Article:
From May 11, a growing number of workers began returning to workplaces as the government seeks to get the UK’s economy on what will undoubtedly be a bumpy road to recovery following the COVID-19 pandemic. Although financial services has not been as battered as some other sectors – such as retail and travel – the months ahead will be difficult for many as organisations seek to return to some form of normality.
Unlike construction site workers or those in manufacturing, many in financial services look set to remain home based. However, this has its shortcomings and there are indications that more companies are making plans, at least for part-time working to commence or to introduce staggered returns to the office. A range of measures will need to be in place before such plans can commence, typically organisations will be looking at:
- Reconfiguring desks to enable more space for staff and adhere to 2 metre social distancing
- Banning hotdesking, face to face meetings and the sharing of equipment such as pens, notepads, laptops
- Not allowing staff to share lifts
- Closing office canteens or ensuring social distancing can be applied in such spaces
- Improving and increasing the frequency of cleaning if necessary
- Allowing different start and end times to permit safer travel to and from the office, increasing the number of parking spaces if possible to stop car sharing
Companies will need to draw up a COVID-19 risk assessment before their employees are allowed to return to work. The document, which needs to be regularly updated, will show how the business intends to keep employees safe from infection and highlight any gaps in its practices.
The practicalities are unlikely to be easy and some may flout social distancing rules. This leads on to employers having to ensure there is clear guidance and such behaviour is managed. In terms of PPE, the government has not provided definitive rules, however, where a firm is customer facing, most have now put up plastic screens as protection.
However, even if all the measures are in place, many people still have concerns about returning to a workplace. The virus has not disappeared, even if cases are now declining. There remains uncertainty about the effectiveness of the track and trace strategy and there are fears about commuting where the risk of infection is higher.
Until the pandemic is over, many in financial services will keep working from home or keep staff furloughed, even if companies continue to make preparations for a return. However, future workforces could well find they have more flexibility. Andrew Rogan, UK Finance’s director of operational resilience for the trade body, said:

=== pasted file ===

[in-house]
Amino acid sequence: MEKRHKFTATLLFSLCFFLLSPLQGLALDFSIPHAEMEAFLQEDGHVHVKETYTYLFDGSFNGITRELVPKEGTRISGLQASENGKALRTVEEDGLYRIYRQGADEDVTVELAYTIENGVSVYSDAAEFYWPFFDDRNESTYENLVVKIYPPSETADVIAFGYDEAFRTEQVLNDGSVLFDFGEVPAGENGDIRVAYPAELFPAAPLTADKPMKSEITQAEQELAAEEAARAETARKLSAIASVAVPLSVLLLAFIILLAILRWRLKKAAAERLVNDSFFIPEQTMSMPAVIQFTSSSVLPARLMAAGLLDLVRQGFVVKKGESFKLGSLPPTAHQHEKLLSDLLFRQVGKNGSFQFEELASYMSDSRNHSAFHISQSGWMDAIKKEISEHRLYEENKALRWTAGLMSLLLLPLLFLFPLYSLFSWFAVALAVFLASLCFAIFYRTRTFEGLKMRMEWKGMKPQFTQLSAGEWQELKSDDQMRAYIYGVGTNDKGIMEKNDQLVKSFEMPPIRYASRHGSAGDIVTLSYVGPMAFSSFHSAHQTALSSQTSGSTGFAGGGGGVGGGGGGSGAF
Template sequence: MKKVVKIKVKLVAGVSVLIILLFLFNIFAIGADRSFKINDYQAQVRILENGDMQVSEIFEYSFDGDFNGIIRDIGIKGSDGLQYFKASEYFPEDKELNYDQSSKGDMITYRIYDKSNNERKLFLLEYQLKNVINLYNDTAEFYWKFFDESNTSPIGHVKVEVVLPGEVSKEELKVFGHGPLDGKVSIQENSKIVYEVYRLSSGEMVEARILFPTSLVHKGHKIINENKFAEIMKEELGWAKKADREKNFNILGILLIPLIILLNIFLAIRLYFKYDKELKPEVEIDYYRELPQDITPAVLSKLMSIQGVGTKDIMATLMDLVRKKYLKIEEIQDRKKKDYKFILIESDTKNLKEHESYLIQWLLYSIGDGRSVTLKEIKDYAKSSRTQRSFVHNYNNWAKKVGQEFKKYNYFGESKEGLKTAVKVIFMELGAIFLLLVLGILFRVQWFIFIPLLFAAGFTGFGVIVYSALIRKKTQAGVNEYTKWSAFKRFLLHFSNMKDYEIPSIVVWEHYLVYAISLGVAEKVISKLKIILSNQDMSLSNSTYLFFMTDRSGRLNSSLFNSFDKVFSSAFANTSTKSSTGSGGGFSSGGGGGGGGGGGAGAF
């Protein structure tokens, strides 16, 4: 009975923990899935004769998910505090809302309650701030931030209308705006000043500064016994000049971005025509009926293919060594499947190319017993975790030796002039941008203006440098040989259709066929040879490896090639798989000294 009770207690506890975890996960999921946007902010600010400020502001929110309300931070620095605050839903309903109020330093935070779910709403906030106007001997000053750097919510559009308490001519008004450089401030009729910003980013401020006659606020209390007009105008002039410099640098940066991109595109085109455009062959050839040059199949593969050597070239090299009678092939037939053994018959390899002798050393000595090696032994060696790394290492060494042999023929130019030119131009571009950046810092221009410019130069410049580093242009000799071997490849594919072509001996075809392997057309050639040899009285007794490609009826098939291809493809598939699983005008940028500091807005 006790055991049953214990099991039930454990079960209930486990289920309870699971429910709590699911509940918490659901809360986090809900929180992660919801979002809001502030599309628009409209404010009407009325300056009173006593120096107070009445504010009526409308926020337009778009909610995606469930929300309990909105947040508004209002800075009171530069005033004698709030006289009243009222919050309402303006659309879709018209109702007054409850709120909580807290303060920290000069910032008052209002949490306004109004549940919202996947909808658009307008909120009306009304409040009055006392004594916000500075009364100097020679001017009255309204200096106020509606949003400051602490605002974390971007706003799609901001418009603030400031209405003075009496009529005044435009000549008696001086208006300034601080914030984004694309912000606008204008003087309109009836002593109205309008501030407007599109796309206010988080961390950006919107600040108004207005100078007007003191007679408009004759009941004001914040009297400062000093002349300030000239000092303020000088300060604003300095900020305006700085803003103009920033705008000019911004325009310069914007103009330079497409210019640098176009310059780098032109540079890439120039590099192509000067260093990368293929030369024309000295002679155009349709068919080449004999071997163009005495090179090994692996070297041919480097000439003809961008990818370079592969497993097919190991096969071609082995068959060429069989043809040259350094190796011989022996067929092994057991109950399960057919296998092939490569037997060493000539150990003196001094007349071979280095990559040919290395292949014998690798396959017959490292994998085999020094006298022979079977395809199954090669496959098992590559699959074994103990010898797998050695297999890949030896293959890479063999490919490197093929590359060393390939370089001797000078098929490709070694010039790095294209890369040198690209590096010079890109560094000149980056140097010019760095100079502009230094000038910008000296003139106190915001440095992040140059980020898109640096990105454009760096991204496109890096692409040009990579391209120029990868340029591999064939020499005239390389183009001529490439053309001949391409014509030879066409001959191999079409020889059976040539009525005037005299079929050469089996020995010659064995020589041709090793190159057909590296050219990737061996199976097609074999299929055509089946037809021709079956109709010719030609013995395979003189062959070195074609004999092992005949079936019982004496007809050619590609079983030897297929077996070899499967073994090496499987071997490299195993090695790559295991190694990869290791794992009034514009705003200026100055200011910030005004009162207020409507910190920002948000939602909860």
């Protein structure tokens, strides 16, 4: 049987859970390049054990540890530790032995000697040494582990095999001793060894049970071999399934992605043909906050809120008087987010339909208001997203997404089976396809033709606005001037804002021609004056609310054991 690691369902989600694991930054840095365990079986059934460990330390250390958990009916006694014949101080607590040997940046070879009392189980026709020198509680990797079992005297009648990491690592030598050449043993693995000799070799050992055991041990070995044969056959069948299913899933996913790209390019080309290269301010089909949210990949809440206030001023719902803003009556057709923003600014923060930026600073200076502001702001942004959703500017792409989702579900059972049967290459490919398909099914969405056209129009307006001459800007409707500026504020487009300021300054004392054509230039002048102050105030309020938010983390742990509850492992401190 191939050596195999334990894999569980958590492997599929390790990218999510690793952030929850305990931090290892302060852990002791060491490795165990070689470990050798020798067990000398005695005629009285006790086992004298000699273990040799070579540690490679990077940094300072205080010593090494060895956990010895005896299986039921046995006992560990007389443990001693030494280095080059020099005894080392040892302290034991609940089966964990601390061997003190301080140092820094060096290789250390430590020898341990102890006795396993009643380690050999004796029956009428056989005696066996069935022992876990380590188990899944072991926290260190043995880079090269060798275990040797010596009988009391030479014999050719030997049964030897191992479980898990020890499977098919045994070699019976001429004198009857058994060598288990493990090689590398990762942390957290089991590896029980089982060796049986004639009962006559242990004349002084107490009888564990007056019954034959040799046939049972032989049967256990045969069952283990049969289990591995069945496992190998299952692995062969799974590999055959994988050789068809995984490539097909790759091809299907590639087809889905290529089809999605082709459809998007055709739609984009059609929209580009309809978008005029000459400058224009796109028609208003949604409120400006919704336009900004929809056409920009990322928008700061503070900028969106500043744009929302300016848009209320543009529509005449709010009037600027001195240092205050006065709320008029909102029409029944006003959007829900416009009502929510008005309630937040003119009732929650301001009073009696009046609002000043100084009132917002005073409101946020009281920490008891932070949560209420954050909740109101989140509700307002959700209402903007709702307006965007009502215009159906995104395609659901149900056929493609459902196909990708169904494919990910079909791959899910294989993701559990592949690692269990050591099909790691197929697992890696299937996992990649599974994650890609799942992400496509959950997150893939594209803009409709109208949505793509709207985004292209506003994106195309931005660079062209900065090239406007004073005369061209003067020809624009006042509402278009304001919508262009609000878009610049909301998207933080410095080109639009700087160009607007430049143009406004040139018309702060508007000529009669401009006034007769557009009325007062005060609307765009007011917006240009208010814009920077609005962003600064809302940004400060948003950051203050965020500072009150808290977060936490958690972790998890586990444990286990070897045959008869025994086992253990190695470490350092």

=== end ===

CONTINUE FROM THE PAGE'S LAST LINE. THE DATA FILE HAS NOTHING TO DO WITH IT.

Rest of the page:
“Now the technology for working from home has been proven, firms are doing a lot of thinking
and some of the changes we have seen could be adopted in the longer term.”
Many challenges ahead
For some employees, working at least mainly from home could be an attractive prospect. But, the future is cloudy and the coming months will show what damage the financial services sector has endured.
Although after the financial crisis on 2008, many large institutions will have shored up their reserves, their earnings may well have suffered considerable damage. Bad debts and a collapse in the sale of products such as mortgages and investments are just some of the consequences. As such, there may be a slew of redundancies made across financial services as the furlough scheme comes to an end in October.
A further difficult issue could be if employee's are unwilling to return to work. Lockdown will have undoubtedly had an effect on people's mental health and wellbeing, therefore it is important businesses are ware that there is likely to be some impact from this when it comes to shifting back to office working.
For businesses coping in the ‘new normal’, there are many risks to be managed. This includes a potentially higher risk of cyber attacks and as Bruce Carnegie-Brown, chairman of the Lloyd’s of London insurance market, said recently:
“As insurance moves to more remote working, there is a greater risk of fraud and hacking. We now need to ensure we have resilience in remote working.”
What is more, regulators are closely monitoring the situation, even if they have taken more of a back seat during the pandemic, extending dates for consultation papers and delayed review work. However the FCA will be ensuring that firms have robust plans in place - operational resilience will likely take a centre stage following the pandemic.
Any spike in fraud will also be raising regulatory alarm bells. In addition, the Information Commissioner's Office (ICO) will be keeping a close eye on data protection matters and whether employees are working from home or not. Employers must ensure that information security remains a priority no matter what the business circumstances are.
Whether it is dealing with the issue of ‘Zoom fatigue’ or having to mark out social distancing space on office floors with tape, these are strange and unwelcome times for many within financial services. Like so many others though, there is no alternative other than to navigate their way to what will hopefully be a less uncertain future.
If risk managers learn one lesson from COVID-19, it’s that business resiliency needs to be top of mind if their organisations are to withstand the pressure of events to come. Take a look at the new Recovery@Riskonnect resource hub which offers tools to help you rebuild in the wake of the pandemic and prepare for the future: